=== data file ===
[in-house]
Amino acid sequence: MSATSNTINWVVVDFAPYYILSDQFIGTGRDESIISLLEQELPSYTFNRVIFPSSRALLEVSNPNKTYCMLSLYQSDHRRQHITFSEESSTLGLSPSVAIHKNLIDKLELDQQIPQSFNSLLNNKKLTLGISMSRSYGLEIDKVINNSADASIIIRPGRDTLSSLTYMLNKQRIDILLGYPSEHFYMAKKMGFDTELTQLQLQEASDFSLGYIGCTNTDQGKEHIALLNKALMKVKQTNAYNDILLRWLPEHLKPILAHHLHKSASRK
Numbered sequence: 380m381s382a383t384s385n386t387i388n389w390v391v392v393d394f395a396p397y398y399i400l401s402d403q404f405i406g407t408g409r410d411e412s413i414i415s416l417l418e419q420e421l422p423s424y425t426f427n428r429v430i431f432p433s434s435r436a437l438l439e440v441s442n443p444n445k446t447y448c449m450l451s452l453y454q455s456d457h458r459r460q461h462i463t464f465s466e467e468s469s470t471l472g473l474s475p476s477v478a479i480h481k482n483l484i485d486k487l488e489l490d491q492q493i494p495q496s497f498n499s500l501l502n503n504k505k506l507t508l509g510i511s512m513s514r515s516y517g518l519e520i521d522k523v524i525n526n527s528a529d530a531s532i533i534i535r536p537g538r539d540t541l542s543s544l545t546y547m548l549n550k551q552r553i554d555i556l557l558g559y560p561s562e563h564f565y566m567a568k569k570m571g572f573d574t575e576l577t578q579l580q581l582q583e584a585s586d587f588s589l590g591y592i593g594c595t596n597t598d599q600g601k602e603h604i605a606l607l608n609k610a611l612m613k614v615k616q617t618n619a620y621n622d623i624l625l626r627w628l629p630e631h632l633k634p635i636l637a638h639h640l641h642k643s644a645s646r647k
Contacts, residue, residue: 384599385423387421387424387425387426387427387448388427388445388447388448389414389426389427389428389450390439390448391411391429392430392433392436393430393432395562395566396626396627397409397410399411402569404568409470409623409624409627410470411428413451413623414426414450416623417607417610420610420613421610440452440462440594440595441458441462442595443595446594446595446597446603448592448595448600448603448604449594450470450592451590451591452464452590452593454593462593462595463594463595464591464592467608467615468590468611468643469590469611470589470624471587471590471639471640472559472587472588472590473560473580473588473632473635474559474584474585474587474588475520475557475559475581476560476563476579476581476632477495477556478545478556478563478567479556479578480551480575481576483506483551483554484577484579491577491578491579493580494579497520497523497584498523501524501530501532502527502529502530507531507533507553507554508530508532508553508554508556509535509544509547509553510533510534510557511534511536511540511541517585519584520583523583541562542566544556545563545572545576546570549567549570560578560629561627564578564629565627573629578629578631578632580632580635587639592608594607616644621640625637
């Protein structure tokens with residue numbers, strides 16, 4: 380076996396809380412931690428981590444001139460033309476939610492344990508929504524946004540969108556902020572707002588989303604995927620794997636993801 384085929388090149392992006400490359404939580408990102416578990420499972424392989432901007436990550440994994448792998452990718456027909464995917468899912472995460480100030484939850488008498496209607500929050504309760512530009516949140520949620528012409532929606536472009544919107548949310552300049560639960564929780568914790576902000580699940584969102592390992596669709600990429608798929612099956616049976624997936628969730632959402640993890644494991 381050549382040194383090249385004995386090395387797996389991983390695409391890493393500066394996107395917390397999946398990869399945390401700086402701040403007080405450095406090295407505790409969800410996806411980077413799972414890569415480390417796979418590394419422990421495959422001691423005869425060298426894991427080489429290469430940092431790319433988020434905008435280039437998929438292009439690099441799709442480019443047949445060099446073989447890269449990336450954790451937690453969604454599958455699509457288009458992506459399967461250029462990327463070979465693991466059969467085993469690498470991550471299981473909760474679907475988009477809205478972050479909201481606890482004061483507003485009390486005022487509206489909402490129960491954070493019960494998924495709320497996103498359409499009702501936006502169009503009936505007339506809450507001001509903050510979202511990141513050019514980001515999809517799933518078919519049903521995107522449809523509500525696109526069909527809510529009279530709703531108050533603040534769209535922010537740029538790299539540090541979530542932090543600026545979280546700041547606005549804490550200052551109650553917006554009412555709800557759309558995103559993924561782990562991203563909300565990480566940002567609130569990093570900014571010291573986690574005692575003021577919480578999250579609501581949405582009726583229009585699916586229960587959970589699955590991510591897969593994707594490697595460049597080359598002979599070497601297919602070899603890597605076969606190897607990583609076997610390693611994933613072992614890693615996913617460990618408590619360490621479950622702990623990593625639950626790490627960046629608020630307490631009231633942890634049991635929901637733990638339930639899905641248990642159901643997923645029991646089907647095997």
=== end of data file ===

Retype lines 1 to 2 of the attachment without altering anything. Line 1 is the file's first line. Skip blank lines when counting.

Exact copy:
[in-house]
Amino acid sequence: MSATSNTINWVVVDFAPYYILSDQFIGTGRDESIISLLEQELPSYTFNRVIFPSSRALLEVSNPNKTYCMLSLYQSDHRRQHITFSEESSTLGLSPSVAIHKNLIDKLELDQQIPQSFNSLLNNKKLTLGISMSRSYGLEIDKVINNSADASIIIRPGRDTLSSLTYMLNKQRIDILLGYPSEHFYMAKKMGFDTELTQLQLQEASDFSLGYIGCTNTDQGKEHIALLNKALMKVKQTNAYNDILLRWLPEHLKPILAHHLHKSASRK